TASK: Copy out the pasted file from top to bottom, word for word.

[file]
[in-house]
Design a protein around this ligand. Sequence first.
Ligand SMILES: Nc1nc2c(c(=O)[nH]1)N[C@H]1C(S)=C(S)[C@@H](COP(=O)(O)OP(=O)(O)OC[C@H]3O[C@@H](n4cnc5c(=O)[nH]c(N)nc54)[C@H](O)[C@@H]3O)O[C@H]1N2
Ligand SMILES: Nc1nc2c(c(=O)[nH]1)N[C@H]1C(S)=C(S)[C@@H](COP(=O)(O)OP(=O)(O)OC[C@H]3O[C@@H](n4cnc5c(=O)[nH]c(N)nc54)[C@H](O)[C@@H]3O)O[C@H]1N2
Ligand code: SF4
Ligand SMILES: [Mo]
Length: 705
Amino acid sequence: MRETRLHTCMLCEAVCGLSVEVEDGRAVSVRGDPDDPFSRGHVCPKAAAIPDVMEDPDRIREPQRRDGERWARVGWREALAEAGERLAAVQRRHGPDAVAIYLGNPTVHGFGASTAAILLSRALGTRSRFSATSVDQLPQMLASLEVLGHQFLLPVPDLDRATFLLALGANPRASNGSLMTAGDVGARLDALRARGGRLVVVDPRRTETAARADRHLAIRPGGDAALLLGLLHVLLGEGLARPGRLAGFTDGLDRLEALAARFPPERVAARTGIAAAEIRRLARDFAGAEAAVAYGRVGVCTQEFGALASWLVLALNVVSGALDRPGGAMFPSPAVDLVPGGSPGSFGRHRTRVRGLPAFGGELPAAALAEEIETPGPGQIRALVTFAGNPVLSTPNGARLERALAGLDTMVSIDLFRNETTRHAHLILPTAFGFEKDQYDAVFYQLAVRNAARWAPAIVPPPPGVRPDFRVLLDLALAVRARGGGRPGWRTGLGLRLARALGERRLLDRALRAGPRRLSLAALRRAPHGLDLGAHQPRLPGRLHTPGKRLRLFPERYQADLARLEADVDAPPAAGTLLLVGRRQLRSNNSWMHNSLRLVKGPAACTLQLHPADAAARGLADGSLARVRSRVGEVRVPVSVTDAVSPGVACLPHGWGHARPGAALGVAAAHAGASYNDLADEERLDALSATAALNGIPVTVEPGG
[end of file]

[in-house]
Design a protein around this ligand. Sequence first.
Ligand SMILES: Nc1nc2c(c(=O)[nH]1)N[C@H]1C(S)=C(S)[C@@H](COP(=O)(O)OP(=O)(O)OC[C@H]3O[C@@H](n4cnc5c(=O)[nH]c(N)nc54)[C@H](O)[C@@H]3O)O[C@H]1N2
Ligand SMILES: Nc1nc2c(c(=O)[nH]1)N[C@H]1C(S)=C(S)[C@@H](COP(=O)(O)OP(=O)(O)OC[C@H]3O[C@@H](n4cnc5c(=O)[nH]c(N)nc54)[C@H](O)[C@@H]3O)O[C@H]1N2
Ligand code: SF4
Ligand SMILES: [Mo]
Length: 705
Amino acid sequence: MRETRLHTCMLCEAVCGLSVEVEDGRAVSVRGDPDDPFSRGHVCPKAAAIPDVMEDPDRIREPQRRDGERWARVGWREALAEAGERLAAVQRRHGPDAVAIYLGNPTVHGFGASTAAILLSRALGTRSRFSATSVDQLPQMLASLEVLGHQFLLPVPDLDRATFLLALGANPRASNGSLMTAGDVGARLDALRARGGRLVVVDPRRTETAARADRHLAIRPGGDAALLLGLLHVLLGEGLARPGRLAGFTDGLDRLEALAARFPPERVAARTGIAAAEIRRLARDFAGAEAAVAYGRVGVCTQEFGALASWLVLALNVVSGALDRPGGAMFPSPAVDLVPGGSPGSFGRHRTRVRGLPAFGGELPAAALAEEIETPGPGQIRALVTFAGNPVLSTPNGARLERALAGLDTMVSIDLFRNETTRHAHLILPTAFGFEKDQYDAVFYQLAVRNAARWAPAIVPPPPGVRPDFRVLLDLALAVRARGGGRPGWRTGLGLRLARALGERRLLDRALRAGPRRLSLAALRRAPHGLDLGAHQPRLPGRLHTPGKRLRLFPERYQADLARLEADVDAPPAAGTLLLVGRRQLRSNNSWMHNSLRLVKGPAACTLQLHPADAAARGLADGSLARVRSRVGEVRVPVSVTDAVSPGVACLPHGWGHARPGAALGVAAAHAGASYNDLADEERLDALSATAALNGIPVTVEPGG